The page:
I’ve never been a news watcher, but in the spring of 2020 I spent more time on my phone scrolling the news than I ever had before. There I was, 30-something weeks pregnant, at home with two kids four and under, in a stay-at-home order. I dreamed of getting out of the house and doing as many things as possible before the baby arrived, but instead I spent the final two months of my pregnancy at home.
And then, in May, she arrived — welcomed into a room of masked faces. My sweet, precious baby came into this world so wide-eyed and innocent, a bright light in the middle of what would be one of the strangest years of our lives.
Now 21 months old, she has lived her entire life in this pandemic. And she only knows me as a mom who parents in one. I haven’t changed entirely, of course. I still stay at home with her, and work from home with her, and love her so much, just as I did with my other kids — but I find myself more distracted.
I check my phone more often, as if it’ll make time go by more quickly, or that staring at it will suddenly make the news disappear. Since I’m not going out much, I try to find ways to fill my cup — riding the Peloton, watching TV, reading, writing — but sometimes I worry that I’m distracting myself too much and in turn, missing precious moments that are happening right in front of me.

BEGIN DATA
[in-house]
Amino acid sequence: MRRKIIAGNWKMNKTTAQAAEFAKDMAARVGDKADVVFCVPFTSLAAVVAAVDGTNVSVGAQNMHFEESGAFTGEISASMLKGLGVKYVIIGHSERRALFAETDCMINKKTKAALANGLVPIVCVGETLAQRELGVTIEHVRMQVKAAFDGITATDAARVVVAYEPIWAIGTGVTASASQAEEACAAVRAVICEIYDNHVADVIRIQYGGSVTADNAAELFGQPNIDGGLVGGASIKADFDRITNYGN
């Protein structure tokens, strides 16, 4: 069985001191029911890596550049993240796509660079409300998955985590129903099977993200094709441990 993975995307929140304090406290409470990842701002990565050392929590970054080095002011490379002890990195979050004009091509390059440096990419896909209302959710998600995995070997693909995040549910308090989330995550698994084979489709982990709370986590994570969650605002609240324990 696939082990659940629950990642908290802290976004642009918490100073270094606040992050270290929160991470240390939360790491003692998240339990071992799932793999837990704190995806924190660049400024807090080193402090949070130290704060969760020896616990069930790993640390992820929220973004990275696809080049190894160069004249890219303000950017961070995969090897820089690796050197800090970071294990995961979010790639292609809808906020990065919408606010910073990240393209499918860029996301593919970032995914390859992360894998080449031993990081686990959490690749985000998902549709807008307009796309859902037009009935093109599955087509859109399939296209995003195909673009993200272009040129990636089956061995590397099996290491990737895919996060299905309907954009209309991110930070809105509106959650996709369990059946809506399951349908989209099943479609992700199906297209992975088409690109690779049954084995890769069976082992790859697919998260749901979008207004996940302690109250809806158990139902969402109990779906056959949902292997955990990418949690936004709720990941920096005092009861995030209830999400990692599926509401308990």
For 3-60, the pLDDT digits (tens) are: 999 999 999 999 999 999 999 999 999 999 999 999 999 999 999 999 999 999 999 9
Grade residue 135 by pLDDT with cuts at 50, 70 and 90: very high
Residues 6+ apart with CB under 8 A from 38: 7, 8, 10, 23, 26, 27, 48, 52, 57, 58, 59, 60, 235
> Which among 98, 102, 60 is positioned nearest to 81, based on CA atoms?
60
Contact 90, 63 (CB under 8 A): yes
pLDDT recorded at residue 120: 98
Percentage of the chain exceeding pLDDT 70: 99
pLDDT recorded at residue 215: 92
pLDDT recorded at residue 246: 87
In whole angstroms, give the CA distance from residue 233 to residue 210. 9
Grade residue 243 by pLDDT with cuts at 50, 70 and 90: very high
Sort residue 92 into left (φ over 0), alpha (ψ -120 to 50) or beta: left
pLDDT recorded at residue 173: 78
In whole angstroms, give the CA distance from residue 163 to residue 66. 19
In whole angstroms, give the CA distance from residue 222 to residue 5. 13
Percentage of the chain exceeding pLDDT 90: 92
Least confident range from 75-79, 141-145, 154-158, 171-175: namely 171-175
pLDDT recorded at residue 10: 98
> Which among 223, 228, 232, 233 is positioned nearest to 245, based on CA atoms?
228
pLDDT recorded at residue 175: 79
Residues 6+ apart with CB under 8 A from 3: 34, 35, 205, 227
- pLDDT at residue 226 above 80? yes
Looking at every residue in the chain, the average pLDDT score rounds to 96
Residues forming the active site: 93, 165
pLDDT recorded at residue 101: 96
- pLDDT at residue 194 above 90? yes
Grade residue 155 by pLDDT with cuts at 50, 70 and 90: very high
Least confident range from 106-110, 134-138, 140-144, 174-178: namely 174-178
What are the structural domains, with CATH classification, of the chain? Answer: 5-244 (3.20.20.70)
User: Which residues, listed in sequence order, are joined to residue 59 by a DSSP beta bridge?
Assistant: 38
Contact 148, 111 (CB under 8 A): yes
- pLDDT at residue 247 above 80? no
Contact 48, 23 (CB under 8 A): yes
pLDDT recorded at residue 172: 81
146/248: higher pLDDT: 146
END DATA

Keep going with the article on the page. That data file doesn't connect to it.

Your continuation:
As a family, we’ve spent more time at home than we ever have before. My other kids had the benefit of library story times, and play dates, and group fitness classes for moms with babies. This time around, my toddler knows the layout of our house really well.
I feel guilty that she hasn’t had the same experiences that my older kids did at her age, and guilty that I am a more anxious, distracted mom. I feel like I should have the energy and creativity to create experiences that are just as fun to do at home, but the truth is, I’m burnt out. The spring of 2020 was filled with homemade playdough and crafting and cozy, stay-at-home days, but the winter of 2022 is filled with a lot more TV time and “go play with your brother and sister,” and “let’s bake with mommy” (probably because she’s craving chocolate).
After a particularly hard day of parenting, and a few tears shed in front of my husband, he reminded me that no parent of young kids has ever done this before. The guilt that I feel is not necessary. I am doing the best that I can, and this is all my daughter knows. She doesn’t know what life was like before this time, so there’s no reason to compare. For every hard moment, the past two years have been equally filled with good times and special memories that wouldn’t have been made otherwise.
The best part about pandemic parenting, is the comfort in knowing I am not doing it alone. Millions of women have welcomed babies into this world over the past two years, and I like to think that when we all meet each other at kindergarten registration in a few years, we will share a bond that only we will understand. “We did it,” we will say. The pandemic mommies.